- AUD/JPY has attempted a break above the 91.70 hurdle despite weaker-than-projected Australian GDP data.
- The annual and quarterly Australian GDP has declined to 5.9% and 0.6% respectively.
- A decline in China’S inflation would propel PBOC to announce more policy-easing measures.
The AUD/JPY pair has overstepped the critical resistance of 91.70 despite a weaker-than-projected Australian Gross Domestic Product (GDP). The annual GDP data has landed at 5.9%, lower than the expectations of 6.3% and the prior release of 3.6%. While quarterly GDP data has been reported lower at 0.6% vs. the projections of 0.7% and the former release of 0.9%.
Weaker-than-projected Australian GDP data is going to support the Reserve Bank of Australia (RBA) in meeting its agenda of achieving price stability. The cross remained extremely volatile on Tuesday after the RBA hiked its Official Cash Rate (OCR) consecutively for the third time by 25 basis points (bps). This has pushed the Australian interest rates to 3.10%. The decision of a 25 bps rate hike was very much in line with the estimates.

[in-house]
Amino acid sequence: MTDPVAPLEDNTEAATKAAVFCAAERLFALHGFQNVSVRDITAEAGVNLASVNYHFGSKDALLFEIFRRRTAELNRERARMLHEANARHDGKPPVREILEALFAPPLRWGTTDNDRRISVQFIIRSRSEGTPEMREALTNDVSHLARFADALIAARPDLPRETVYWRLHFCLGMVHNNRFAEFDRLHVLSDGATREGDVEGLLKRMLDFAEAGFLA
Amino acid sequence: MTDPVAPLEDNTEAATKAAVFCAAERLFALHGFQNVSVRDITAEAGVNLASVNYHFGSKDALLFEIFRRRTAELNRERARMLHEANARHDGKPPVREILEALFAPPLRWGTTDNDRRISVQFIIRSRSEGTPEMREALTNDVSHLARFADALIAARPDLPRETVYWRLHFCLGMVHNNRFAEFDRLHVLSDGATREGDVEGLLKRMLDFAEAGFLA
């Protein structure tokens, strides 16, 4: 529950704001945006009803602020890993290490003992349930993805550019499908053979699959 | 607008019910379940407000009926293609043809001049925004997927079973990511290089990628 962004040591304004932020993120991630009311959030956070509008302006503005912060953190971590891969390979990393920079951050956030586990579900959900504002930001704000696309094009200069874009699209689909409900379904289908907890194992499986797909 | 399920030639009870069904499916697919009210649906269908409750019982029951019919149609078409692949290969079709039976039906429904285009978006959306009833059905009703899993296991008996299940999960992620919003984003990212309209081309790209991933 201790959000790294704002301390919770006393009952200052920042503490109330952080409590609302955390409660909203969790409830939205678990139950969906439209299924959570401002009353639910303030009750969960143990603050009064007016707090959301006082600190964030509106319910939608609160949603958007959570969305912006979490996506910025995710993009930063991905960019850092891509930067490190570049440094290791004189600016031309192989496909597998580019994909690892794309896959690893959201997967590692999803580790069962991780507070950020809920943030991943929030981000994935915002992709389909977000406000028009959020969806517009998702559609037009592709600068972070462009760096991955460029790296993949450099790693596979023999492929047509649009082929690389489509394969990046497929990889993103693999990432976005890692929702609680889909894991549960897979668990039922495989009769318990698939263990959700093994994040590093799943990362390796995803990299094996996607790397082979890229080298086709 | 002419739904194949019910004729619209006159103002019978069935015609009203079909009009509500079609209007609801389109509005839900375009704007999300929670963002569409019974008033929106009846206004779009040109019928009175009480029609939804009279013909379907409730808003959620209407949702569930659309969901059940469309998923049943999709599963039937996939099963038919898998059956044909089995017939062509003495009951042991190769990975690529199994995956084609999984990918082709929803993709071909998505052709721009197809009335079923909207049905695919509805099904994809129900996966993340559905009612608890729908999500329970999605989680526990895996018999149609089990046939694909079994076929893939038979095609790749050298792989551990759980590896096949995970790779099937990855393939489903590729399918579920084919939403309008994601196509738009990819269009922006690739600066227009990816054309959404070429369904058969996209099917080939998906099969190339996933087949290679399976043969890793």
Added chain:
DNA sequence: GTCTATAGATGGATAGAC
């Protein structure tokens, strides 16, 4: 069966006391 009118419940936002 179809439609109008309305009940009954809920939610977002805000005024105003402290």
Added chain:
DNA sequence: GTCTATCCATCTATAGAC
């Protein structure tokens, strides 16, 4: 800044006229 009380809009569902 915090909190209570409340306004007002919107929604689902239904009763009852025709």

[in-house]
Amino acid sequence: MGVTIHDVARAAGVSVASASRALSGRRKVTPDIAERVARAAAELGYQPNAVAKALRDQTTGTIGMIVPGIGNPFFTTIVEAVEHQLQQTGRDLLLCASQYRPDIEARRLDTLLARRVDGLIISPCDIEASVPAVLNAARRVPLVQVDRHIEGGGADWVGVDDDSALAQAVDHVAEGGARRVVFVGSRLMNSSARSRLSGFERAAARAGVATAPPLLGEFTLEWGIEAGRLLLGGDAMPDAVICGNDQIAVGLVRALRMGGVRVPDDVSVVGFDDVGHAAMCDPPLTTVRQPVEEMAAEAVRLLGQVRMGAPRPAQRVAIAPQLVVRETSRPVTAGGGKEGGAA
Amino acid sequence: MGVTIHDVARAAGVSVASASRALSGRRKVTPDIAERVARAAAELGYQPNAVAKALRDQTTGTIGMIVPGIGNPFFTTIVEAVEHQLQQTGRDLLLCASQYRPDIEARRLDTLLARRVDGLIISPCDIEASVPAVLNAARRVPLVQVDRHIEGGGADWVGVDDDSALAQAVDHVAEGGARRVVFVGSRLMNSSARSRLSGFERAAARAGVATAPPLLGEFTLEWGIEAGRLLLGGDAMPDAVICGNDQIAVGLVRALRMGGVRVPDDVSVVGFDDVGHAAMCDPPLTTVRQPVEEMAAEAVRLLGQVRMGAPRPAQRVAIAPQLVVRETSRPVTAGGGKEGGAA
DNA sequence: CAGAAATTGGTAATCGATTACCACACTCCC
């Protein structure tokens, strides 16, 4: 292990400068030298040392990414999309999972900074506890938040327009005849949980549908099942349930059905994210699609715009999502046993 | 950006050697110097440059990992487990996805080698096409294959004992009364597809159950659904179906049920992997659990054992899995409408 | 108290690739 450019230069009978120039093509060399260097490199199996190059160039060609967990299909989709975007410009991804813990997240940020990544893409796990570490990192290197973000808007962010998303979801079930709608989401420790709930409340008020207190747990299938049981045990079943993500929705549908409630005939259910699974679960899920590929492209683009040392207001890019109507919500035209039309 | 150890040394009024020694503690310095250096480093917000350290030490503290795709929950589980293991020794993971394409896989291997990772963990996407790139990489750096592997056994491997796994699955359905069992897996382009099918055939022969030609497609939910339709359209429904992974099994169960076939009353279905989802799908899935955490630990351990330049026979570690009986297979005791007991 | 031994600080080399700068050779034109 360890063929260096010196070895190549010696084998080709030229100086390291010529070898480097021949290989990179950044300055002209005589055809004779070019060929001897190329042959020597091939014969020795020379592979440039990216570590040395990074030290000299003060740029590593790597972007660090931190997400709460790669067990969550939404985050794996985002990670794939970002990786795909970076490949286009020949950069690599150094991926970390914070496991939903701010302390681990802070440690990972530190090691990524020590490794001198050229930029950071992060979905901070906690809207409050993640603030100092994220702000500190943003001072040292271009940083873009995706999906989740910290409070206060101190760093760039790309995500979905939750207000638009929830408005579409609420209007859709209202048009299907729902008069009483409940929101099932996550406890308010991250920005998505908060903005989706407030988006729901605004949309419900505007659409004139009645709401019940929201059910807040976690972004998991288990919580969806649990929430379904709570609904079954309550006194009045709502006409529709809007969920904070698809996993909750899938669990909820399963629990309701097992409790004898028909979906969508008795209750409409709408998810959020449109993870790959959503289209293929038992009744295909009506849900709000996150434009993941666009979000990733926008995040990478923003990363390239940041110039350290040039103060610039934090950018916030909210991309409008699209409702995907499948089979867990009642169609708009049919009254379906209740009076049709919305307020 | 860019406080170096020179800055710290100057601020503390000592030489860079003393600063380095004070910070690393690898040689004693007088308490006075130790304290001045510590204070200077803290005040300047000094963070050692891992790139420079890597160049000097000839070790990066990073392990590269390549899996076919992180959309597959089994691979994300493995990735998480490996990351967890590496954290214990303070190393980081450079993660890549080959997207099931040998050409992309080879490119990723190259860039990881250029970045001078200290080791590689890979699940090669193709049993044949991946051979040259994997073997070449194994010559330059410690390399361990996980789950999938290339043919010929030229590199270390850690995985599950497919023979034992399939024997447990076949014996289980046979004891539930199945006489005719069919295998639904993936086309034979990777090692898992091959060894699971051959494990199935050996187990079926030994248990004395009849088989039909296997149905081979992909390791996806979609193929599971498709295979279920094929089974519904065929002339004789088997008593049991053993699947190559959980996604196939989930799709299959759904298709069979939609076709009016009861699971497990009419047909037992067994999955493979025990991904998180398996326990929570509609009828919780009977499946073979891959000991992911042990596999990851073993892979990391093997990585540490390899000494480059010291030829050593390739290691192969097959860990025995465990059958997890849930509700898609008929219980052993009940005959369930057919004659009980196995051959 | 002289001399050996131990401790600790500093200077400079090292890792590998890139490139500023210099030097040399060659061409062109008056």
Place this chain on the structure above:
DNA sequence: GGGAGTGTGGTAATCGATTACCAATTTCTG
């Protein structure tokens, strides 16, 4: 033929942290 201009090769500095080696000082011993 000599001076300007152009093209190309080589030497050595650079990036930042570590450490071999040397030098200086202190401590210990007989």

On interest rate guidance, RBA Governor Philip Lowe that further tightening of monetary policy is likely to be forthcoming. The RBA is not in a hurry to pause interest rate hikes any time sooner as the current inflation rate at 6.9% is far from the targeted rate of 2%, therefore, more policy tightening measures cannot be ruled out.
This week, investors will keep an eye on China’s Consumer Price Index (CPI) data, which will release on Friday. The annual CPI is expected to drop vigorously to 1.0% from the prior release of 2.1%. This could force the People’s Bank of China (PBOC) to ease policy further. It is worth noting that Australia is a leading trading partner of China and monetary easing in China will strengthen the Australian Dollar.
Meanwhile, Japanese yen investors are awaiting Thursday’s GDP data. The economic data is expected to contract by 1.1% against the prior contraction of 1.2%. While the quarterly data is likely to contract by 0.3%, similar to the prior release.